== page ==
Harwich Fire Department practices ice rescue drills

HFD: ice on ponds and lakes can be unsafe and unpredictable
Lt. Leighanne Deering (top) and Firefighter Jason Boyne (bottom) practice ice rescue drills on Bucks Pond in Harwich Saturday. Harwich Fire Department photo.

The Harwich Fire Department took advantage of the cold, clear weather on Saturday to practice ice rescue drills on Bucks Pond. According to an HFD release, all firefighters are trained for ice rescues, a skill the department hopes they never have to use.

Natural ice, including ice on ponds and lakes and in ocean harbors, is unpredictable and can be unsafe, even after a deep freeze. HFD reminds everybody to never go on the ice alone and to never let your dog out on the ice. Many ice emergencies begin with a dog on the ice and the owner following, according to HFD.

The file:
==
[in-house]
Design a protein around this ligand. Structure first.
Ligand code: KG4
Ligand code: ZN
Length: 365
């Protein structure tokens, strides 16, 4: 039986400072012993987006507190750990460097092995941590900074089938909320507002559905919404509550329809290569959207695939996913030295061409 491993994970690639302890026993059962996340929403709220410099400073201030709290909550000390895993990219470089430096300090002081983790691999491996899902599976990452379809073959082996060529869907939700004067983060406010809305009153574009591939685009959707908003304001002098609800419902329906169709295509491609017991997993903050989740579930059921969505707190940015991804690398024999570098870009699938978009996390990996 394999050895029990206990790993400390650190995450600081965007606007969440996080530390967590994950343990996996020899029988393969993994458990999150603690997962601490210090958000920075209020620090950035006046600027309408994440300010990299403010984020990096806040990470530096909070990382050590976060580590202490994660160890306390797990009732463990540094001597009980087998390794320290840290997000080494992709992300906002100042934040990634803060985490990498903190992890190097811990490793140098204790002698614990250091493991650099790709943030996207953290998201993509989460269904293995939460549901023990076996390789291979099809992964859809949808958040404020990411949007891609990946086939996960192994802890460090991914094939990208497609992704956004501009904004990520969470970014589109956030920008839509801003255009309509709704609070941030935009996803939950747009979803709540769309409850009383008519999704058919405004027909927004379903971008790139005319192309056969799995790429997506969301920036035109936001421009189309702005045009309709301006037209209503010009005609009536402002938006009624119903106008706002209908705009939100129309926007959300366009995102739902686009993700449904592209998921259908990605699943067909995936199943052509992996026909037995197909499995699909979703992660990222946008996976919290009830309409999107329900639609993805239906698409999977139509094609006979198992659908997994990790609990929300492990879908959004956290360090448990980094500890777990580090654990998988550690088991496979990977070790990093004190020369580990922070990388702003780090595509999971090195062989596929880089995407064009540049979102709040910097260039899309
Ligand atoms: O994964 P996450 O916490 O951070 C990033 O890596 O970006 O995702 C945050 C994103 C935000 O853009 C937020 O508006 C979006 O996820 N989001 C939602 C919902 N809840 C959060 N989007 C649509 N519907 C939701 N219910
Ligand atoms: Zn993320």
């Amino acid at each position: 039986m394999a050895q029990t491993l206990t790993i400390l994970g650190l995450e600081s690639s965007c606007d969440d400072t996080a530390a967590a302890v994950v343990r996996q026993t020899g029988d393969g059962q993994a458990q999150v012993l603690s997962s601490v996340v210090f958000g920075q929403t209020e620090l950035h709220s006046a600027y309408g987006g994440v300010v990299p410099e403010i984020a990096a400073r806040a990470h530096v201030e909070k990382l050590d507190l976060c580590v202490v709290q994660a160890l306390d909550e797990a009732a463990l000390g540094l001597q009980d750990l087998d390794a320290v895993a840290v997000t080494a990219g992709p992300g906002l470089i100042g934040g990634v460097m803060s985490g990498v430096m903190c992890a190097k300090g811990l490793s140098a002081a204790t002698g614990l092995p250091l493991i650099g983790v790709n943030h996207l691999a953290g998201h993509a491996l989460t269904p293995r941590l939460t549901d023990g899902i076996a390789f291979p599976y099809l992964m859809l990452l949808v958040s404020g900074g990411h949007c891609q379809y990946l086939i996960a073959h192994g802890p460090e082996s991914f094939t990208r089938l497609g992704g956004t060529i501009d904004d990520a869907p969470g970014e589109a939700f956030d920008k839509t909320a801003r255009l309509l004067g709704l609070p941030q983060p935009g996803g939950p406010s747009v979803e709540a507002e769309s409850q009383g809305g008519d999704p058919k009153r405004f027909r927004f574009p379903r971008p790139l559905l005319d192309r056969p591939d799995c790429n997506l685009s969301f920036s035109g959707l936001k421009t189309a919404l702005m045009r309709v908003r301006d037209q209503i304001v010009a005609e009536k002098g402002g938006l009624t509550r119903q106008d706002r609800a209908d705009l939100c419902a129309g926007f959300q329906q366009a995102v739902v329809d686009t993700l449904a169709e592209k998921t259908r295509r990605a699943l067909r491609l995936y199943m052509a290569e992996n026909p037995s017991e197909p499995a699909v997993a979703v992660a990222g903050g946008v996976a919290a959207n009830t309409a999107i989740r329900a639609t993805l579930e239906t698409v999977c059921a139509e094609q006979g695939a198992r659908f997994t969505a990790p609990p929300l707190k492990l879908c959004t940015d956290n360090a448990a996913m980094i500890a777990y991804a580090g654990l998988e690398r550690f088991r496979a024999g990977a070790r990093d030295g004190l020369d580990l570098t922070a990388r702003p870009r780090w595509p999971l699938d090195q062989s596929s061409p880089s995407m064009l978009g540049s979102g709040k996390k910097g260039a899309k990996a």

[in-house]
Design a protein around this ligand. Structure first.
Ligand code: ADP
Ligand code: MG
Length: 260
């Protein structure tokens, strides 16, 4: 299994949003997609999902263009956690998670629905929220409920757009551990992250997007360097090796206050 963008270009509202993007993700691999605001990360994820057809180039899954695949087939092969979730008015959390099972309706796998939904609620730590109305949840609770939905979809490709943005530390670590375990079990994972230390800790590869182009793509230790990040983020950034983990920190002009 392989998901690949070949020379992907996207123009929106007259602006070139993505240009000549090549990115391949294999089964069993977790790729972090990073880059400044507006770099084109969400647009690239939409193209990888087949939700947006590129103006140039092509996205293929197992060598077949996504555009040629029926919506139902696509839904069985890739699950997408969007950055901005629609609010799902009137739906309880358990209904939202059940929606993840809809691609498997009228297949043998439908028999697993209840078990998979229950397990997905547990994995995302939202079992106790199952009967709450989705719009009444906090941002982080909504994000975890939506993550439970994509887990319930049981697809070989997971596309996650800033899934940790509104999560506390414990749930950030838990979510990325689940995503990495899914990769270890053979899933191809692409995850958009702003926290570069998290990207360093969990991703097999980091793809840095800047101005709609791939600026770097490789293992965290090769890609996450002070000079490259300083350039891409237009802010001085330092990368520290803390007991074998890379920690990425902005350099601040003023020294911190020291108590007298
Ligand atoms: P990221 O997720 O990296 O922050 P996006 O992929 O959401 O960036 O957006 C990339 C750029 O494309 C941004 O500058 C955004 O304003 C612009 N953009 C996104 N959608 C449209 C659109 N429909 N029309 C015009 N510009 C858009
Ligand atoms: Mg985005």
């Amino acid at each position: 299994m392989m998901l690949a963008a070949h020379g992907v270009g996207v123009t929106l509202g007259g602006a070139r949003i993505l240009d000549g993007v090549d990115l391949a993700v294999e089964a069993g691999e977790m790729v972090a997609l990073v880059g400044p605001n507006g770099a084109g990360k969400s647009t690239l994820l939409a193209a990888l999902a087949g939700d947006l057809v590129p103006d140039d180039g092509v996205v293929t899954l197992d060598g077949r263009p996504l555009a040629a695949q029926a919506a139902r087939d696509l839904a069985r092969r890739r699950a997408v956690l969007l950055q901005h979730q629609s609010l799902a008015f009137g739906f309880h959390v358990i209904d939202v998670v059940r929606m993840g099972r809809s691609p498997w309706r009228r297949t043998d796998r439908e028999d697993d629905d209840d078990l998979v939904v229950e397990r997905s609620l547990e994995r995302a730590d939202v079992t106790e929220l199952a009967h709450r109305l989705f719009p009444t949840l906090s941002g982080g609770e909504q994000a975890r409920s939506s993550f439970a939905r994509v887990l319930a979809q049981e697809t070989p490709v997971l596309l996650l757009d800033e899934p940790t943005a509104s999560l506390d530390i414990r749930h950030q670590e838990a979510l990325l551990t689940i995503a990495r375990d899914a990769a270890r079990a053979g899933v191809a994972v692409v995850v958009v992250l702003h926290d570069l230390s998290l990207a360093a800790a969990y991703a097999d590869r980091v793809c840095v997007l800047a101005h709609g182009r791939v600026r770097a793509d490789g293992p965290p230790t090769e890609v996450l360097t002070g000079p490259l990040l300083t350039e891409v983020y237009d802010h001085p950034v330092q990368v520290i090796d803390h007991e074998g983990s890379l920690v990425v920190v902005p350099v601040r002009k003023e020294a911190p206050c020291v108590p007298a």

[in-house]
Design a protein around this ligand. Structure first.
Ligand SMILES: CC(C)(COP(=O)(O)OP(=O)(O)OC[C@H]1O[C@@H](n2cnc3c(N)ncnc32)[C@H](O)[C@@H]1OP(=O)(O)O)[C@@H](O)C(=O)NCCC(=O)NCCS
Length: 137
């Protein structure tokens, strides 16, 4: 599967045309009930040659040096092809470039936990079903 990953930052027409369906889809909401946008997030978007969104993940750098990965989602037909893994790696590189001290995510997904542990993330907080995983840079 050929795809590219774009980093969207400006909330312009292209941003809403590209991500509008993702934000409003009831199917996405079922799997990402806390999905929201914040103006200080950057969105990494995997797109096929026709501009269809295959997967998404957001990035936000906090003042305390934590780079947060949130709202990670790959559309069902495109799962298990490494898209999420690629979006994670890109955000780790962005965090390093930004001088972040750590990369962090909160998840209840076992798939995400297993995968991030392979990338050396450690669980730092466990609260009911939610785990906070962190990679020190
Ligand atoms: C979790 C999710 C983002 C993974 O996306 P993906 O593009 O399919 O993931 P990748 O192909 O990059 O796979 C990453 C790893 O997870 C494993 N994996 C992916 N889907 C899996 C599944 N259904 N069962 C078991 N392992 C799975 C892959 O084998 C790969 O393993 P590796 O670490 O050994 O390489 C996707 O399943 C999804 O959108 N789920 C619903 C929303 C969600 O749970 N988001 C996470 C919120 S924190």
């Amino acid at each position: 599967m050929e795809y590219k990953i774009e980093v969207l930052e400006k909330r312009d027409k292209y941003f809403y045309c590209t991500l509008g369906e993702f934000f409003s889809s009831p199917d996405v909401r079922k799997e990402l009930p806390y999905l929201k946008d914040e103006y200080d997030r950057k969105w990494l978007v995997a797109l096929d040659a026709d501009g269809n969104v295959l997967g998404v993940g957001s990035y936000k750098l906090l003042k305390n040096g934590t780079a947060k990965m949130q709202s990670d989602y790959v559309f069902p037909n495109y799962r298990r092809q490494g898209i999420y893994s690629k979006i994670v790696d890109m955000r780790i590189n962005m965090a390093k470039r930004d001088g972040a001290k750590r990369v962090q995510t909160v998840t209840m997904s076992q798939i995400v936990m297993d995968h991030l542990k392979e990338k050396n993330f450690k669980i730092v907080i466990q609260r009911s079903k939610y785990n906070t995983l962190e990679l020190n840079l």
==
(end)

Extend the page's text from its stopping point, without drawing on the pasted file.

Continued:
If you, a friend or a pet goes through the ice, call 911 immediately. Do not attempt to rescue your own pet or another person.

According to the Massachusetts Public Safety website, half of all drowning victims die from hypothermia, not water in the lungs.

In addition to the helpful tips from HFD, MEMA warns people to watch for slush (a danger sign) and to beware of ice covered in snow. 

Download the Massachusetts Department of Fire Services Ice and Cold Water Safety brochure here.

(Lt. Leighanne Deering--on the ice--and Firefighter Jason Boyne--in the water--practice ice rescue drills on Bucks Pond in Harwich Saturday. Harwich Fire Department photo.)

CapeCodToday.com welcomes thoughtful comments and the varied opinions of our readers. We are in no way obligated to post or allow comments that our moderators deem inappropriate. We reserve the right to delete comments we perceive as profane, vulgar, threatening, offensive, racially-biased, homophobic, slanderous, hateful or just plain rude. Commenters may not attack or insult other commenters, readers or writers. Commenters who persist in posting inappropriate comments will be banned from commenting on CapeCodToday.com.